MEMBER of the European Parliament (DIKO, S&D) Costas Mavrides was on Tuesday forced to apologise for having earlier insinuated that a CyBC correspondent was too cosy with the Turkish government.
Although not a full retraction, Mavrides said he was sorry if his remarks had caused offence to CyBC’s long-time Istanbul correspondent Anna Andreou.
“It was never my intention, nor was I implying that the reporter Anna Andreou is a mouthpiece of the Turkish state or of [Turkish president Tayyip] Erdogan. I honour the profession of journalism and I wish to apologise to all those who may have gleaned the wrong impression,” read a statement by the MEP.
The act of contrition came after the Journalists Union came out strongly in defence of the journalist, who has been reporting from Turkey for the last 12 years.
The brouhaha started when on December 24 daily Phileleftheros ran an article by the MEP. Mavrides had posted the article on his Facebook page.
In it, Mavrides took a dig at Andreou, noting that she has not been subject to any persecution from the “Erdogan regime,” whereas hundreds of reporters are being imprisoned in Turkey for their views.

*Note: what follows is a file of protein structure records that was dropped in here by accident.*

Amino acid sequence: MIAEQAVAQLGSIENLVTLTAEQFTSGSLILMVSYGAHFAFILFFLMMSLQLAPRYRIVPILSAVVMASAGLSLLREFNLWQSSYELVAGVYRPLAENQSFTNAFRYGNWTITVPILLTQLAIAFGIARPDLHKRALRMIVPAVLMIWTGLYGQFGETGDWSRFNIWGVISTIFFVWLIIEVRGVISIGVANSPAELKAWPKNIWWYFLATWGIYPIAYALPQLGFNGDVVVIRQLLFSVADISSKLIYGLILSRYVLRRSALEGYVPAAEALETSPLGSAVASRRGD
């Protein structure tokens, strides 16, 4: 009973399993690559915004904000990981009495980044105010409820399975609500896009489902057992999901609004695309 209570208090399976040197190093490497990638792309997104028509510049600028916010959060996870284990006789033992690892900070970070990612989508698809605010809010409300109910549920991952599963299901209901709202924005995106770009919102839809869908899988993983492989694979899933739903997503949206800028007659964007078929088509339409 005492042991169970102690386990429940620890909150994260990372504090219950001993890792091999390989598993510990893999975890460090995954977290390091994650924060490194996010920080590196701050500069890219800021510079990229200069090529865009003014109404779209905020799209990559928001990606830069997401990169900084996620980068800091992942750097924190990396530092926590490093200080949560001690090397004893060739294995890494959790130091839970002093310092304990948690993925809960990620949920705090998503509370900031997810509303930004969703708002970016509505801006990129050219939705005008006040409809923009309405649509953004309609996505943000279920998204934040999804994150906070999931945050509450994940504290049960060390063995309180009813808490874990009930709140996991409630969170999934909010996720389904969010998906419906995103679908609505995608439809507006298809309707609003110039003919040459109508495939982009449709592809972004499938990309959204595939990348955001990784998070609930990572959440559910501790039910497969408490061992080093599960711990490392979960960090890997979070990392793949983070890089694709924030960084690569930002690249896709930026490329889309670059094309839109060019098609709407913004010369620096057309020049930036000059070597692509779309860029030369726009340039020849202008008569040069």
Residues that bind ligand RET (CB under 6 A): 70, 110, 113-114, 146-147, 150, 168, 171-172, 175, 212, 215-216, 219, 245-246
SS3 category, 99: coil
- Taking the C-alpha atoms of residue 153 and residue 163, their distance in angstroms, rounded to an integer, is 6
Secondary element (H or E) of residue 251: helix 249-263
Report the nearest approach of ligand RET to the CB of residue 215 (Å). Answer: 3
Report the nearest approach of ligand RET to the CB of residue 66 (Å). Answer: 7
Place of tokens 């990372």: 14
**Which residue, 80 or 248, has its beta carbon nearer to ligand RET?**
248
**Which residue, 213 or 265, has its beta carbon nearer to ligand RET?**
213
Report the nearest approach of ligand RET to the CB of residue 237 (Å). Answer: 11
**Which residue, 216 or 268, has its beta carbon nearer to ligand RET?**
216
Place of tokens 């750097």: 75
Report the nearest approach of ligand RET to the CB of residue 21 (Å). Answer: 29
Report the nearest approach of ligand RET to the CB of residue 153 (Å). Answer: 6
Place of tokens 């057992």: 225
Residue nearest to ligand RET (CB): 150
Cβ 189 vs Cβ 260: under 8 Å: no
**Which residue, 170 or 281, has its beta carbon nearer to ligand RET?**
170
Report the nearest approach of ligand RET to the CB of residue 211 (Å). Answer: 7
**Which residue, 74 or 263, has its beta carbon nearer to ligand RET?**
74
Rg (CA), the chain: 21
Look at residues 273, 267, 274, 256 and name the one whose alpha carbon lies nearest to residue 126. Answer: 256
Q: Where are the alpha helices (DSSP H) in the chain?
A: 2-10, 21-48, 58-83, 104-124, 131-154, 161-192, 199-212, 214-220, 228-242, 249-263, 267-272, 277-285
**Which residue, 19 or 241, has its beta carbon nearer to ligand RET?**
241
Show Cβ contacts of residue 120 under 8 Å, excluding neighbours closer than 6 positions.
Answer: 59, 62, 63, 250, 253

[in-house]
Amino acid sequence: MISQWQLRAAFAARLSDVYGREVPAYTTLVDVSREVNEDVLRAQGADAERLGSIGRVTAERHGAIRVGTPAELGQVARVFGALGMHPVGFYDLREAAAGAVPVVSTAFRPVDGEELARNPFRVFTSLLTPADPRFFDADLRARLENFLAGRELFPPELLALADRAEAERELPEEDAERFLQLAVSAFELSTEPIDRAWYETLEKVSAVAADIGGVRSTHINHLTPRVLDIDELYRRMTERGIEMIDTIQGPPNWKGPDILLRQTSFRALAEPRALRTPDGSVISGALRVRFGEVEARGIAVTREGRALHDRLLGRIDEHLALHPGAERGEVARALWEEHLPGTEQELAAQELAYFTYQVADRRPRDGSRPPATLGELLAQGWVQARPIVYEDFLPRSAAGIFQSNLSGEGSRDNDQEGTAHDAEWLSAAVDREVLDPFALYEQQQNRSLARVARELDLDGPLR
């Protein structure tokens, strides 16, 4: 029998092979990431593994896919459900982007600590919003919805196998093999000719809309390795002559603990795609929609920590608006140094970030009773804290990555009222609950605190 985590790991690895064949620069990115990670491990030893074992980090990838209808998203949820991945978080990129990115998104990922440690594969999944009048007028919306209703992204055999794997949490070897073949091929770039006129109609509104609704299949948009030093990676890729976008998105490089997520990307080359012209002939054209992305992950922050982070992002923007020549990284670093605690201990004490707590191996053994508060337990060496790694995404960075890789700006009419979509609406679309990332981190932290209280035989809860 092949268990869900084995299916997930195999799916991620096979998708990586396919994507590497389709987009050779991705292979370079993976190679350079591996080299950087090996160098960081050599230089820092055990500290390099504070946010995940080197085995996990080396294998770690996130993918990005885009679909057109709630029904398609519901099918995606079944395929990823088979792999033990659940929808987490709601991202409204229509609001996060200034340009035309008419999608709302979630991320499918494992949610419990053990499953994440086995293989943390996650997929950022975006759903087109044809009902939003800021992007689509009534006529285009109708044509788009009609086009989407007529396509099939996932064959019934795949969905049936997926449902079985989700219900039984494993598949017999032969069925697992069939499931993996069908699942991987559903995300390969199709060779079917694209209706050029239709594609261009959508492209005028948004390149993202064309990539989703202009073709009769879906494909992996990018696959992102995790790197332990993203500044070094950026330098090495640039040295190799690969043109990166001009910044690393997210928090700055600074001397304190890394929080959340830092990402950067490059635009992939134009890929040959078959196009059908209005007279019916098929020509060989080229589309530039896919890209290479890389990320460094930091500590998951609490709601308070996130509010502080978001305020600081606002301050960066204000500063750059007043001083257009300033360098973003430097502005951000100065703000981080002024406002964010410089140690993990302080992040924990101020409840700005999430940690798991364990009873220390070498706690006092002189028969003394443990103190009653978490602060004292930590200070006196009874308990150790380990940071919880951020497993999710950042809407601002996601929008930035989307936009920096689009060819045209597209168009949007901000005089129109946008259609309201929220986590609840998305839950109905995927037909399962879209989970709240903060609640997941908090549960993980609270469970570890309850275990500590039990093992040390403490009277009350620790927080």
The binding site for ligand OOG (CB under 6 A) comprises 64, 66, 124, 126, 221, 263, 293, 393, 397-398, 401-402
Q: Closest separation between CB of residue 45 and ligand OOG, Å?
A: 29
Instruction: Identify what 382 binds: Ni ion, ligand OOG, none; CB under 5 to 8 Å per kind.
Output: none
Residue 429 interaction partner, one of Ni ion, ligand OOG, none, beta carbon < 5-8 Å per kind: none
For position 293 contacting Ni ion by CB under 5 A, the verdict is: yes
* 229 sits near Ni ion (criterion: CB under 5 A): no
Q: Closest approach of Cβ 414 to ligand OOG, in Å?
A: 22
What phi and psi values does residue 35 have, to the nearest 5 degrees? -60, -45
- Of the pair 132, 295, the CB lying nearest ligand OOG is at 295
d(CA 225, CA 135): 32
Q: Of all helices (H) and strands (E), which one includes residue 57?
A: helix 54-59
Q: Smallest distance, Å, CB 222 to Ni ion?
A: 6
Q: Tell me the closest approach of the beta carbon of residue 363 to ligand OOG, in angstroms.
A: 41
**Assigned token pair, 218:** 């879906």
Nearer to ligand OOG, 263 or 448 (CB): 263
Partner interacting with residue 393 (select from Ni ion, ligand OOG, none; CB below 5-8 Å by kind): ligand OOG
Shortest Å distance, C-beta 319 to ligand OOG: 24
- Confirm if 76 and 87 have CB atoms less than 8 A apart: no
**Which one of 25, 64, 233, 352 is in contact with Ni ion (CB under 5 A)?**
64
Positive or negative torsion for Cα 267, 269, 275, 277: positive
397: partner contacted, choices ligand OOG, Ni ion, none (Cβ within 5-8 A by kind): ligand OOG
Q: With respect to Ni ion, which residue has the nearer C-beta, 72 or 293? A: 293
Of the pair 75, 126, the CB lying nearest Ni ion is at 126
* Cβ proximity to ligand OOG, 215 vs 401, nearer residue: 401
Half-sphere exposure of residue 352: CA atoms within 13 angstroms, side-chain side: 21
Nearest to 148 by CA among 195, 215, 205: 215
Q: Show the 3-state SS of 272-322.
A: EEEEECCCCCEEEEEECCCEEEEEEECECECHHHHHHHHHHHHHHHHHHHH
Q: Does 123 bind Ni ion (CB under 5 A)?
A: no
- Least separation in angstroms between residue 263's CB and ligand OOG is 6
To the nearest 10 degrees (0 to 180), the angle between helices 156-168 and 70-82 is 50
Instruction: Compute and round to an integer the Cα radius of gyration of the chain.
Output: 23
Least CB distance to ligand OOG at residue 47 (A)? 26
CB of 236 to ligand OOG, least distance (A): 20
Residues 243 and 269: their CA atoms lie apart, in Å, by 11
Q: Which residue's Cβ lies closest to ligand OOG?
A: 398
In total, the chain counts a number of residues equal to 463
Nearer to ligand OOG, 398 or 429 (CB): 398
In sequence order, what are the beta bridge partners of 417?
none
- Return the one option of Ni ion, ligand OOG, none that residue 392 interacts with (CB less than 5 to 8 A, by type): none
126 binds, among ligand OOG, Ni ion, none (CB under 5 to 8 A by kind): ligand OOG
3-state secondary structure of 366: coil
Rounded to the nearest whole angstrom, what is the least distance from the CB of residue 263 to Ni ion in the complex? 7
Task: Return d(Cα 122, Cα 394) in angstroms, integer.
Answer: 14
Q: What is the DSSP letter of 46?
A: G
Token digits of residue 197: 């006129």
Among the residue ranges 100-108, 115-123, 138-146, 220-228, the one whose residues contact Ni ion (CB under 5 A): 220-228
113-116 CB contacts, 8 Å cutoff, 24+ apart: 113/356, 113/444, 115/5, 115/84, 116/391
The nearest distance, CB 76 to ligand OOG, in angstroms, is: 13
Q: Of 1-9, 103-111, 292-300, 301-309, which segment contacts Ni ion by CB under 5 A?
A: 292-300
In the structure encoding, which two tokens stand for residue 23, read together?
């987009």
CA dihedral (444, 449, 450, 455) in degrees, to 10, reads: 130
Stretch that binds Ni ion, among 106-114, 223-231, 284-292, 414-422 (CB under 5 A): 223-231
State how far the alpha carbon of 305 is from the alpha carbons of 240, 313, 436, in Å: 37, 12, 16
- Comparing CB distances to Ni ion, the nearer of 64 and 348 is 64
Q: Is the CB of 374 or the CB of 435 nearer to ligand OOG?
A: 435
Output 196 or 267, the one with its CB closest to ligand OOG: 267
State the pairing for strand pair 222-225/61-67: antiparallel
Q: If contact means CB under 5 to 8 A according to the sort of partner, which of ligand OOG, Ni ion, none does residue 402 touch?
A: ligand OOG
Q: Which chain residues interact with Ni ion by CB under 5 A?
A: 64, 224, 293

The MEP also took exception to a book written by Andreou, titled “Rendezvous with the Generals.” In it, Andreou interviewed a number of senior Turkish military commanders who took part in the invasion operation of Cyprus in 1974.
Mavrides complained that Andreou, during the course of interviewing one Turkish officer, Captain Neset Ikiz, did not ask him about a “well-documented war crime” that took place in the village of Elia, Kyrenia district.
There, a senior commander – most likely Ikiz, according to Mavrides – ordered and supervised the execution of 12 Greek Cypriot civilians.
The MEP went on to say this was a strange omission on Andreou’s part, given that she claims to be well-versed in the events of 1974.
Hitting back on Facebook, Andreou wrote:
“Mr Mavrides, from our couch it is very easy to annul the work of others who do not lounge around in armchairs. Merry Christmas.”